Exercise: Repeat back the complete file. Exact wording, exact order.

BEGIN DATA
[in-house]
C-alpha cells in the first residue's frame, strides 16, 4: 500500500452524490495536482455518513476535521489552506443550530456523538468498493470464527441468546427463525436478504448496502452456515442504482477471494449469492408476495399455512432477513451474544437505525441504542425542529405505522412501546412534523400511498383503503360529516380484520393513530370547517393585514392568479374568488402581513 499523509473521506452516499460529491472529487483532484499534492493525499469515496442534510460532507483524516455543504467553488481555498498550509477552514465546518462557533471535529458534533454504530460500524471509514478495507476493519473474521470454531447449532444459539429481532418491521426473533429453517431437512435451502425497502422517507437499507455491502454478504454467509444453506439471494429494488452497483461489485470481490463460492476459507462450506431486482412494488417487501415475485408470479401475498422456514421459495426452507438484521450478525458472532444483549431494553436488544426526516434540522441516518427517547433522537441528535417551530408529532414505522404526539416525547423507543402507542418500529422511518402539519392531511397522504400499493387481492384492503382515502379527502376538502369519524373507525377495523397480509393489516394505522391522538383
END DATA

[in-house]
C-alpha cells in the first residue's frame, strides 16, 4: 500500500452524490495536482455518513476535521489552506443550530456523538468498493470464527441468546427463525436478504448496502452456515442504482477471494449469492408476495399455512432477513451474544437505525441504542425542529405505522412501546412534523400511498383503503360529516380484520393513530370547517393585514392568479374568488402581513 499523509473521506452516499460529491472529487483532484499534492493525499469515496442534510460532507483524516455543504467553488481555498498550509477552514465546518462557533471535529458534533454504530460500524471509514478495507476493519473474521470454531447449532444459539429481532418491521426473533429453517431437512435451502425497502422517507437499507455491502454478504454467509444453506439471494429494488452497483461489485470481490463460492476459507462450506431486482412494488417487501415475485408470479401475498422456514421459495426452507438484521450478525458472532444483549431494553436488544426526516434540522441516518427517547433522537441528535417551530408529532414505522404526539416525547423507543402507542418500529422511518402539519392531511397522504400499493387481492384492503382515502379527502376538502369519524373507525377495523397480509393489516394505522391522538383